Select Video Clip...
Biographical Details of Leadership
Contemporary Lens on Black Leadership
Historical Focus on Race
From Lawsuits to Legislating
BOND: Now, how did you move from that which sounds fascinating to me, to running for the legislature? What's the transition here?
BRAUN: Being a homemaker.
BOND: Yes. I mean, you got tired of being in the home?
BRAUN: Well, I was pregnant with my son Matt and my husband wanted a stay-at-home mom and I had no problem with that and so I had my son and I was a homemaker, and he today says that I was bored out of my mind and that he always knew I wasn't just going to stay home.
BOND: Is he right?
BRAUN: I don't know. I mean, see, I look back and romanticize it. I mean, I look back to having dinner parties, which is what I did. I had dinner parties and I'd take my son to the park. I had a little carriage and, you know, I'd go to the market and I mean, I just did things in the home. I was a homemaker and took care of my family and it was actually through that, that my state rep -- first foray into elective politics happened because I would take Matt up the park. We lived two blocks from this large park and I'd take Matt to the park. And while I was up there, there was a group of people protesting the Machine building a golf driving range in the habitat of some bobolinks which are rice birds and bobolinks are not supposed to live in Chicago because it's too cold, but they did. And we wanted to keep the bobolinks where they were and protect their habitat, so I joined the protestors. In fact, there's still a picture. A friend sent me a copy of it, of a picture of me with the sign, "Park District No, Bobolinks Yes." So we're walking around protesting the park district and we lost the battle.
The driving range is still there and I don't know what happened to the bobolinks, but anyway, but from that a woman who was one of the protestors was very involved politically, and so when our state representative retired, she -- I met her again pushing Matt down the street and she stopped me, and said, "Oh, the state rep just announced his retirement. Have you considered running for state legislature? I think you'd be good at it." And I went, "Oh, shucks, not me. You know, no, I've got a little baby." And then she said, "Well, come go with me to the community meeting about this." And so I told her I would, and I went to the community meeting and this guy stood up and said, "Don't run, you can't possibly win. The blacks won't vote for you because you're not part of the Chicago machine, the whites won't vote for you because you're black, and nobody's going to vote for you because you're a woman." And it was like, "Okay, where do I sign up, where do I sign up for this job?" I mean, that was literally what did it.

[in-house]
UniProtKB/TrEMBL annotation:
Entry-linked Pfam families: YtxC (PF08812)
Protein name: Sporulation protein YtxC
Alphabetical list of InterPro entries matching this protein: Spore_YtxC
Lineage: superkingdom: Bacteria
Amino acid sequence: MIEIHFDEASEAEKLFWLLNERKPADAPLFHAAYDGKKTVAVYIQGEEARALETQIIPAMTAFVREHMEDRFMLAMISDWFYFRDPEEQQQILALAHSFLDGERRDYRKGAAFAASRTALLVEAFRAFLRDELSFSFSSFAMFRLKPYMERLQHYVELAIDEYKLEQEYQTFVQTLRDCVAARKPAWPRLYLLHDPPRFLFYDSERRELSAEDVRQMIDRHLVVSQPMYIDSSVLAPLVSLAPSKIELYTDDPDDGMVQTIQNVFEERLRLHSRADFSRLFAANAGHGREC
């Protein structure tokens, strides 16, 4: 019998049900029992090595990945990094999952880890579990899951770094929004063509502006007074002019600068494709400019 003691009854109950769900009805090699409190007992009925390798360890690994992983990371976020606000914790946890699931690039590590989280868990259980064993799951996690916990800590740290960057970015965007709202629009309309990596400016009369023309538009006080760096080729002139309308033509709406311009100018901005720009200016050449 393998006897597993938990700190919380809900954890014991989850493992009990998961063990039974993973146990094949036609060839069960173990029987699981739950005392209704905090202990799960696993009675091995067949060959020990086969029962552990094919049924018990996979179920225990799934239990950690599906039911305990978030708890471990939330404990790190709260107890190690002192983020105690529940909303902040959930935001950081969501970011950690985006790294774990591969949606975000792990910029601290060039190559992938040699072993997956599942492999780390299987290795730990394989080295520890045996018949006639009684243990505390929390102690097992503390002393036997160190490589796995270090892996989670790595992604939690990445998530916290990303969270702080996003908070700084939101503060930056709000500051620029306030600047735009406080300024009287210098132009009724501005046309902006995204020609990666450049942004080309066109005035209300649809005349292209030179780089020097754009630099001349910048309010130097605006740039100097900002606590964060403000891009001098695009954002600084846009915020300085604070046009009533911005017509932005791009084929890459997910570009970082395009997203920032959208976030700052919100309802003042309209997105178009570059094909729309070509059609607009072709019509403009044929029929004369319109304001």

BOND: Did the Machine run a candidate against you, or did you run against the Machine candidate?
BRAUN: Oh, yes. Oh, yes. The Machine, in fact, this kind of gets a little convoluted but you'll appreciate I think some of the nuances. Illinois had a multi-member district cumulative voting system, the same thing that got Lani Guinier in such trouble. And it worked brilliantly, by the way, for a hundred years. They just abolished it I guess in the late ‘80s, but we had a multi-member district system, and so the way that it had always been structured -- or not structured -- the way it had always come out was that the independents, the liberals, were able to elect one of the state reps. The Machine elected the other state rep, and then the Republicans had the other state representative. So that's the way it worked out in our district. And what happened was that the Machine candidate wound up—who was running for re-election—wound up losing as well as the open seat being filled, but he lost to -- he was black. The Machine candidate was black and Lewis A. H. Caldwell -- I don't know if that name rings any bells, but anyway, he wound up losing to Barbara Flynn Currie, a white woman who is now still presently the Assistant Majority Leader in the Illinois House, so the two women went to the state legislature in that election, one filling an open seat, the other one knocking out the Machine guy and they called it the Year of the Woman in Illinois.
BOND: That was the early Year of the Woman.
BRAUN: That was the first Year of the Woman, so we both got elected even though we had been competitors in the election process.